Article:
Hailing proudly from Jolo, Sulu, Ahmad has been blogging in 2009. “It started as an online journal after winning a university wide essay contest,” he shares. His blog features personal stories, facts about his hometown as well as experiences in medical school.

Being written from the perspective of a young Muslim medical student makes Ahmad’s posts an interesting read. Every now and then he explains Islamic practices and beliefs such as Ramadan and Eidul Adha for non-Muslims. He also writes tutorials on Bahasa Sug, the Tausug language, on Tausug 101 (http://www.tausug101.blogspot.com).

Ahmad aspires to become a renowned writer in the future. “I consider blogging as my training ground for my bigger career [sic]”. Apart from writing, he is also into photography.

Ourlad Alzeus “Lads” G. Tantengco (Class 2020)

Doktor Doktor Ladshttp://doktordoktorlads.blogspot.com

Lads was inspired to write while taking a course on Malikhaing Pagsusulat (creative writing) during his pre-med years. “Naisip ko na mas mainam kung maibabahagi ko ang aking mga akda kaya ako lumikha ng blog.” (I thought it would be good to share my works so I decided to make a blog.)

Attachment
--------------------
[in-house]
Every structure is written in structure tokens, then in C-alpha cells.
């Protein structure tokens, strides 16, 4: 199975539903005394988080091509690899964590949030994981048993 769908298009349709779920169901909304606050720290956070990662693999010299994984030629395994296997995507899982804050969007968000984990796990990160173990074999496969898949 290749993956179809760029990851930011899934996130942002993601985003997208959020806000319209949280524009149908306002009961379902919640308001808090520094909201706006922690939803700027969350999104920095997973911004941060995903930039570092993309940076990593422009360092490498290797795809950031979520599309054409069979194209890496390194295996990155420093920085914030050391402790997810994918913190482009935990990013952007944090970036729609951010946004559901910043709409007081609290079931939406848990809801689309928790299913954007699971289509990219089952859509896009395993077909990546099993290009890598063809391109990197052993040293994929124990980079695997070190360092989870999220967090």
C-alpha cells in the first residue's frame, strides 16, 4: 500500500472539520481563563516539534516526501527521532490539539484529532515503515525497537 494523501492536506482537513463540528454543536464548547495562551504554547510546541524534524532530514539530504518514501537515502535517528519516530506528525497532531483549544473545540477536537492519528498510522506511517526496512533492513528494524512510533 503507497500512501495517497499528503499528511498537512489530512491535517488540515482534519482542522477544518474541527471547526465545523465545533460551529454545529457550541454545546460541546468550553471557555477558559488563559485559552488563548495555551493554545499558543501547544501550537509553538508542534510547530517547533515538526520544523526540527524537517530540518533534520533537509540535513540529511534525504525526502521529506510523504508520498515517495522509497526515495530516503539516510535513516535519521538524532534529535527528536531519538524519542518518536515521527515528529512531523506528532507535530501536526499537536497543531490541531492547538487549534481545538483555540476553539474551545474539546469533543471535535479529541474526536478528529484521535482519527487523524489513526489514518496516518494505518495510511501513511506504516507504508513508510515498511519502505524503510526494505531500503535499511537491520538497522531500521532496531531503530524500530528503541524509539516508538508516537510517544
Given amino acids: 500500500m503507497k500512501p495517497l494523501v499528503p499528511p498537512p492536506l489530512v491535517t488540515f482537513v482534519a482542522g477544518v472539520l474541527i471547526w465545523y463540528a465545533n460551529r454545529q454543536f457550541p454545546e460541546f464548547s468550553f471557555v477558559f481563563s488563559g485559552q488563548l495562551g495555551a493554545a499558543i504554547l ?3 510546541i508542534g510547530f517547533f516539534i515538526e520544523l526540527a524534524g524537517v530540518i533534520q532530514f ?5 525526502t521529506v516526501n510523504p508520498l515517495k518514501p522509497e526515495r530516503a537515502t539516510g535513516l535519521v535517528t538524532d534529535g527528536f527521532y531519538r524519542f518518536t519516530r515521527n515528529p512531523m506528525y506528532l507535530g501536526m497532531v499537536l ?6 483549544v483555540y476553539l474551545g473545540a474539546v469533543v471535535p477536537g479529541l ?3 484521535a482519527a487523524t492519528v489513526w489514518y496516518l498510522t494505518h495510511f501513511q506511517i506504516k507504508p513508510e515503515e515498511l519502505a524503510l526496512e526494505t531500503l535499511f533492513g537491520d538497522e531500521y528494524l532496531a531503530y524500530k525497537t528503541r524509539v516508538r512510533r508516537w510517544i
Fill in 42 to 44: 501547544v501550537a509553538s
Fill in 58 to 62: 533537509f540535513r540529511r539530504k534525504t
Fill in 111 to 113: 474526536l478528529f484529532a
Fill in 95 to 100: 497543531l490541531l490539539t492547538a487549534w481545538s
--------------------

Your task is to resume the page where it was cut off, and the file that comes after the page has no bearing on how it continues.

Aside from his med school experiences, Lads writes largely about his passion for children’s books by Filipino authors. “Ginagawa ko ito upang makahikayat ng mga magulang at mga bata na magbasa [nang] magbasa. Tulong na rin upang malaman ng iba ang mayaman na panitikang pamabata ng Pilipinas.” (I do this to encourage parents at children to read. It also helps others to know about the richness of Philippine children’s literature.) He has written his own children’s stories as well as poems in Tagalog.

Kapag walang professors sa klase madalas ay nagsusulat ako. Kapag wala na akong maintindihan sa mga lectures, madalas ay nakapagsusulat ako ng tula” (When the professor’s not around for class, I often get to write. When I don’t understanding from the lectures, I write poems), the MD-PhD student shares. “Mainam din kasi itong pangtanggal ng pagod mula sa pag-aaral.” (It’s also a good way of relaxing from studying.)